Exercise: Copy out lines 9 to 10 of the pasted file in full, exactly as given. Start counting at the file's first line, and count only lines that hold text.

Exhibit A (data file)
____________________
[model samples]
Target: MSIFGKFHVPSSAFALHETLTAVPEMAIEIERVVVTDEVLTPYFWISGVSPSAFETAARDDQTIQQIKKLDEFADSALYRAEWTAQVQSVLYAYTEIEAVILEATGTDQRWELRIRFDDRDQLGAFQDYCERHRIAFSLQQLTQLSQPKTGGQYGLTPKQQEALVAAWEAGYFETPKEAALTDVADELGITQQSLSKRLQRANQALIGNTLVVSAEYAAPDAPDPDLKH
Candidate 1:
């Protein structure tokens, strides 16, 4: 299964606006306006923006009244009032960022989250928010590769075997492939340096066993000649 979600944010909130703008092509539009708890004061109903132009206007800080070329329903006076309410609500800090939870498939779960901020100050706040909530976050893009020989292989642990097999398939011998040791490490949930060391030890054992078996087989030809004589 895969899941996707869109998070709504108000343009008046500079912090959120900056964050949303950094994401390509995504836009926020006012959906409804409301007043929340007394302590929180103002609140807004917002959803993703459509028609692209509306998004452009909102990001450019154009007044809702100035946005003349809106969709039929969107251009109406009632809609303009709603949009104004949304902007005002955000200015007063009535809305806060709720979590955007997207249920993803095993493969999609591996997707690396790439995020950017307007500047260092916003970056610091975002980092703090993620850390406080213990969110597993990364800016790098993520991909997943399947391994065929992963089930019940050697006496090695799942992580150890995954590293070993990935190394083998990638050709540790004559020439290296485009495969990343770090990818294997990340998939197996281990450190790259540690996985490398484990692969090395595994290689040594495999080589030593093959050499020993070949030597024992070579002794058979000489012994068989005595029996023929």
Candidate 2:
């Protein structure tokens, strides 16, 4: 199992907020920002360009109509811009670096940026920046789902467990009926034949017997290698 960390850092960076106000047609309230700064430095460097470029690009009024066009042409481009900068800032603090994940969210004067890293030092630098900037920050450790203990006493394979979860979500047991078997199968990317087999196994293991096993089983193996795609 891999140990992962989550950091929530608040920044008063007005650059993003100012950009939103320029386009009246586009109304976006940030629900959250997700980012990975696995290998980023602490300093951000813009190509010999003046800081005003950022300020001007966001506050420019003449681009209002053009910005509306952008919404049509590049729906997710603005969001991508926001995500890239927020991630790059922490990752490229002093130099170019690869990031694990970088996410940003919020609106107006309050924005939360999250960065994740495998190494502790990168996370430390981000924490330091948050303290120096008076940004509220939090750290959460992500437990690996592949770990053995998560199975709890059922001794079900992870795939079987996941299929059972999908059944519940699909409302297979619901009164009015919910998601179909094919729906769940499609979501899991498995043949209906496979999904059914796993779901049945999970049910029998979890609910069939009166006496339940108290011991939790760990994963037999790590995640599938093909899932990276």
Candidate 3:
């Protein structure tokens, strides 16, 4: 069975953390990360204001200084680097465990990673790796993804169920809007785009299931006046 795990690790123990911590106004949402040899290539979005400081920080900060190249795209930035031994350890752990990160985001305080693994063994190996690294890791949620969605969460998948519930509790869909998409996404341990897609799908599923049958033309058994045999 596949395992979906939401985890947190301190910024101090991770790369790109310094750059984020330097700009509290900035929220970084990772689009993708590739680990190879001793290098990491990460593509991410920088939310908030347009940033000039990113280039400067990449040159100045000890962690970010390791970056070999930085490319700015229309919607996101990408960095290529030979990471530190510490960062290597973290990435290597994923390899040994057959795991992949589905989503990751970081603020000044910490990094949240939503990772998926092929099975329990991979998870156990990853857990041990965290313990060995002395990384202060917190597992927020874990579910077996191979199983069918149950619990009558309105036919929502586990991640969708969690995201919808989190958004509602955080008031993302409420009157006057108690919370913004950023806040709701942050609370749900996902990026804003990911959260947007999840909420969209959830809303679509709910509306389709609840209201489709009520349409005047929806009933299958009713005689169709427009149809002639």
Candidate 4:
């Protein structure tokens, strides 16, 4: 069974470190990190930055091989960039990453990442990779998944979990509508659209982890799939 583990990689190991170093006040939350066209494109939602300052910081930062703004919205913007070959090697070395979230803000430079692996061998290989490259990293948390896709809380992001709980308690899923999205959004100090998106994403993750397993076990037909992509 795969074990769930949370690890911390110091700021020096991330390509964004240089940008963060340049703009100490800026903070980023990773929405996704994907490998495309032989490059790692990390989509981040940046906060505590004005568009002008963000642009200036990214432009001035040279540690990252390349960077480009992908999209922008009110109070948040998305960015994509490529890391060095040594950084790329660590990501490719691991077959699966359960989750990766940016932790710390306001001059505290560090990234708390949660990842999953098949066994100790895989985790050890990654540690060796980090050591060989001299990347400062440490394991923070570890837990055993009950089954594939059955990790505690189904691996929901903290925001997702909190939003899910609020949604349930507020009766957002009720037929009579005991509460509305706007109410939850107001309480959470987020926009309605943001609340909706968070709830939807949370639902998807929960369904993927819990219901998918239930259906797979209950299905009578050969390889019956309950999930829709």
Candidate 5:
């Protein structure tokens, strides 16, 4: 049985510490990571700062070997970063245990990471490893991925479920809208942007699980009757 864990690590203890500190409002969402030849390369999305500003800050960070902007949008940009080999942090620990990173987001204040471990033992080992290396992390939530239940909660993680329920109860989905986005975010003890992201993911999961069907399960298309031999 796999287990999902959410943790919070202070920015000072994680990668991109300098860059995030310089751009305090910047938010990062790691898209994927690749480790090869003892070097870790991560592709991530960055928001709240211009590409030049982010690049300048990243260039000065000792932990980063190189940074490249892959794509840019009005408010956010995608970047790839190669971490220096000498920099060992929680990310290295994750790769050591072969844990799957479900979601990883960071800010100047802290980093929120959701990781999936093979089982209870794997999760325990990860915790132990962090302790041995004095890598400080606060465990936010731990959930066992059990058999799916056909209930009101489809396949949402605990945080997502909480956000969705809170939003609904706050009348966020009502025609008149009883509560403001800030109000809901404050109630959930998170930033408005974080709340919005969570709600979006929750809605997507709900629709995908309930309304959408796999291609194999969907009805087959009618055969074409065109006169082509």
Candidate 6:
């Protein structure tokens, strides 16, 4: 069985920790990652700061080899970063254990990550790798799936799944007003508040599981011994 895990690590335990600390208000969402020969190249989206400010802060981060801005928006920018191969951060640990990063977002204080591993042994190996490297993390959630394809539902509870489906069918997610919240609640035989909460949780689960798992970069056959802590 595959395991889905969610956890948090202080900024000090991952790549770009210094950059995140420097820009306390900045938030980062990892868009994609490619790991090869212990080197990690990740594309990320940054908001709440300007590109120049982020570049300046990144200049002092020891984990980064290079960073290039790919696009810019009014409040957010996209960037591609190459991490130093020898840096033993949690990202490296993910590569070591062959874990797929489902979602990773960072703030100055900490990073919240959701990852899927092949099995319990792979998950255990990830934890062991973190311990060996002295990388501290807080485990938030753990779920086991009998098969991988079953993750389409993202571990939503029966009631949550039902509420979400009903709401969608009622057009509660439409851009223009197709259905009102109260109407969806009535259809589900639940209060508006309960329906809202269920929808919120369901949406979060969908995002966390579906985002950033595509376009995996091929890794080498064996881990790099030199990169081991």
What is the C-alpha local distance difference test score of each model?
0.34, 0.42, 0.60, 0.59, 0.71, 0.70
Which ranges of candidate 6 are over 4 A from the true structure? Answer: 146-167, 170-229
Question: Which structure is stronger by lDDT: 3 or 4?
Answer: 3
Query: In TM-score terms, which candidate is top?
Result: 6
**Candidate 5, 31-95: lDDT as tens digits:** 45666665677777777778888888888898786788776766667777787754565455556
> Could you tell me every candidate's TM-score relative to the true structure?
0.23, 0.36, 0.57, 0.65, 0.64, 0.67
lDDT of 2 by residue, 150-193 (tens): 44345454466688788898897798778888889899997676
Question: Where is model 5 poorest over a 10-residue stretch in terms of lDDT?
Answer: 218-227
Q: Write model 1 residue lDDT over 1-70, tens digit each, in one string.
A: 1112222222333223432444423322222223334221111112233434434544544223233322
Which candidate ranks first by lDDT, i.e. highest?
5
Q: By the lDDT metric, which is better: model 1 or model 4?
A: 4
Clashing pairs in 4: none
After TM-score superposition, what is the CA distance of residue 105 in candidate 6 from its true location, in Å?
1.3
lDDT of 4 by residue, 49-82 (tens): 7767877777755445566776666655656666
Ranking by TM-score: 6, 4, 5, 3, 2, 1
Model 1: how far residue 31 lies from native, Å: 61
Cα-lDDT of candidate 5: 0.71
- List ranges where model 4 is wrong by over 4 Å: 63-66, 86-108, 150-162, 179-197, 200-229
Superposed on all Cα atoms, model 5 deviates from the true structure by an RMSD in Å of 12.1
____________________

Candidate 4:
């Protein structure tokens, strides 16, 4: 069974470190990190930055091989960039990453990442990779998944979990509508659209982890799939 583990990689190991170093006040939350066209494109939602300052910081930062703004919205913007070959090697070395979230803000430079692996061998290989490259990293948390896709809380992001709980308690899923999205959004100090998106994403993750397993076990037909992509 795969074990769930949370690890911390110091700021020096991330390509964004240089940008963060340049703009100490800026903070980023990773929405996704994907490998495309032989490059790692990390989509981040940046906060505590004005568009002008963000642009200036990214432009001035040279540690990252390349960077480009992908999209922008009110109070948040998305960015994509490529890391060095040594950084790329660590990501490719691991077959699966359960989750990766940016932790710390306001001059505290560090990234708390949660990842999953098949066994100790895989985790050890990654540690060796980090050591060989001299990347400062440490394991923070570890837990055993009950089954594939059955990790505690189904691996929901903290925001997702909190939003899910609020949604349930507020009766957002009720037929009579005991509460509305706007109410939850107001309480959470987020926009309605943001609340909706968070709830939807949370639902998807929960369904993927819990219901998918239930259906797979209950299905009578050969390889019956309950999930829709």